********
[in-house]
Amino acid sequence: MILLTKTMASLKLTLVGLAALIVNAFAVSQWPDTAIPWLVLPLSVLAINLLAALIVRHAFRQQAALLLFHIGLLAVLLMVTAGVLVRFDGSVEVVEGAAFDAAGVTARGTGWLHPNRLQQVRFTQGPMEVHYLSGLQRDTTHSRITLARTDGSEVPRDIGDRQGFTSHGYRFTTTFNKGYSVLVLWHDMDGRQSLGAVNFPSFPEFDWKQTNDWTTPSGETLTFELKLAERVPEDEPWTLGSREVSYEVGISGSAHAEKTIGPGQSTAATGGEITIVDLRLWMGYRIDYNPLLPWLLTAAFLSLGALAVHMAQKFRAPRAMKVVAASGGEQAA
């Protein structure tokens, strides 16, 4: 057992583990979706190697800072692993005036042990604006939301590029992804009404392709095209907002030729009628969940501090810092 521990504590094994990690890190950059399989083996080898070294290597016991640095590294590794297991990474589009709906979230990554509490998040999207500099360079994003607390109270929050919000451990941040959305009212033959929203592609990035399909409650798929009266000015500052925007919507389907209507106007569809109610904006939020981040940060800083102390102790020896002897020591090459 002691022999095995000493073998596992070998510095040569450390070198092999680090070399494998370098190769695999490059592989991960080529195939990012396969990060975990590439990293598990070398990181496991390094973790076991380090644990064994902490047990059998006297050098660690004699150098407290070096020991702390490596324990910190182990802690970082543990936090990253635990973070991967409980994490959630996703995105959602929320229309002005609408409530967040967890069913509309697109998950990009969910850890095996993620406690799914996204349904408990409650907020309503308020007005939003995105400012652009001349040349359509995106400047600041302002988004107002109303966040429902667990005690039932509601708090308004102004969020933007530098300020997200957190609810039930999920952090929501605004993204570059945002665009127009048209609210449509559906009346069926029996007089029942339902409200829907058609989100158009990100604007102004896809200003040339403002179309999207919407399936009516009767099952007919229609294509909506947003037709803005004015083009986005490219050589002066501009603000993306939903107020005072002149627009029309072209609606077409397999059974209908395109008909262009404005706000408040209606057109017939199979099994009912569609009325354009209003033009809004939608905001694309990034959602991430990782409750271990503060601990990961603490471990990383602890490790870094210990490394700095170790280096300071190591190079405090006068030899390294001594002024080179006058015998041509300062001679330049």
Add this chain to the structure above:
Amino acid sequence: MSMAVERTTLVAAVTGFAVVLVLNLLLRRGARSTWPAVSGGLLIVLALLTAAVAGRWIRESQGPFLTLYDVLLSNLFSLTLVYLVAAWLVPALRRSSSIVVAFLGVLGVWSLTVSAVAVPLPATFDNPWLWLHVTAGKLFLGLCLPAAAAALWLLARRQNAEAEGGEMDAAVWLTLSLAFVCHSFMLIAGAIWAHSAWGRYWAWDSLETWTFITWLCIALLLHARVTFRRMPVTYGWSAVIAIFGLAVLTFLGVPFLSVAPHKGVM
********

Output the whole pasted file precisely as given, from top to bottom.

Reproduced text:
[in-house]
Amino acid sequence: MILLTKTMASLKLTLVGLAALIVNAFAVSQWPDTAIPWLVLPLSVLAINLLAALIVRHAFRQQAALLLFHIGLLAVLLMVTAGVLVRFDGSVEVVEGAAFDAAGVTARGTGWLHPNRLQQVRFTQGPMEVHYLSGLQRDTTHSRITLARTDGSEVPRDIGDRQGFTSHGYRFTTTFNKGYSVLVLWHDMDGRQSLGAVNFPSFPEFDWKQTNDWTTPSGETLTFELKLAERVPEDEPWTLGSREVSYEVGISGSAHAEKTIGPGQSTAATGGEITIVDLRLWMGYRIDYNPLLPWLLTAAFLSLGALAVHMAQKFRAPRAMKVVAASGGEQAA
């Protein structure tokens, strides 16, 4: 057992583990979706190697800072692993005036042990604006939301590029992804009404392709095209907002030729009628969940501090810092 521990504590094994990690890190950059399989083996080898070294290597016991640095590294590794297991990474589009709906979230990554509490998040999207500099360079994003607390109270929050919000451990941040959305009212033959929203592609990035399909409650798929009266000015500052925007919507389907209507106007569809109610904006939020981040940060800083102390102790020896002897020591090459 002691022999095995000493073998596992070998510095040569450390070198092999680090070399494998370098190769695999490059592989991960080529195939990012396969990060975990590439990293598990070398990181496991390094973790076991380090644990064994902490047990059998006297050098660690004699150098407290070096020991702390490596324990910190182990802690970082543990936090990253635990973070991967409980994490959630996703995105959602929320229309002005609408409530967040967890069913509309697109998950990009969910850890095996993620406690799914996204349904408990409650907020309503308020007005939003995105400012652009001349040349359509995106400047600041302002988004107002109303966040429902667990005690039932509601708090308004102004969020933007530098300020997200957190609810039930999920952090929501605004993204570059945002665009127009048209609210449509559906009346069926029996007089029942339902409200829907058609989100158009990100604007102004896809200003040339403002179309999207919407399936009516009767099952007919229609294509909506947003037709803005004015083009986005490219050589002066501009603000993306939903107020005072002149627009029309072209609606077409397999059974209908395109008909262009404005706000408040209606057109017939199979099994009912569609009325354009209003033009809004939608905001694309990034959602991430990782409750271990503060601990990961603490471990990383602890490790870094210990490394700095170790280096300071190591190079405090006068030899390294001594002024080179006058015998041509300062001679330049």
Add this chain to the structure above:
Amino acid sequence: MSMAVERTTLVAAVTGFAVVLVLNLLLRRGARSTWPAVSGGLLIVLALLTAAVAGRWIRESQGPFLTLYDVLLSNLFSLTLVYLVAAWLVPALRRSSSIVVAFLGVLGVWSLTVSAVAVPLPATFDNPWLWLHVTAGKLFLGLCLPAAAAALWLLARRQNAEAEGGEMDAAVWLTLSLAFVCHSFMLIAGAIWAHSAWGRYWAWDSLETWTFITWLCIALLLHARVTFRRMPVTYGWSAVIAIFGLAVLTFLGVPFLSVAPHKGVM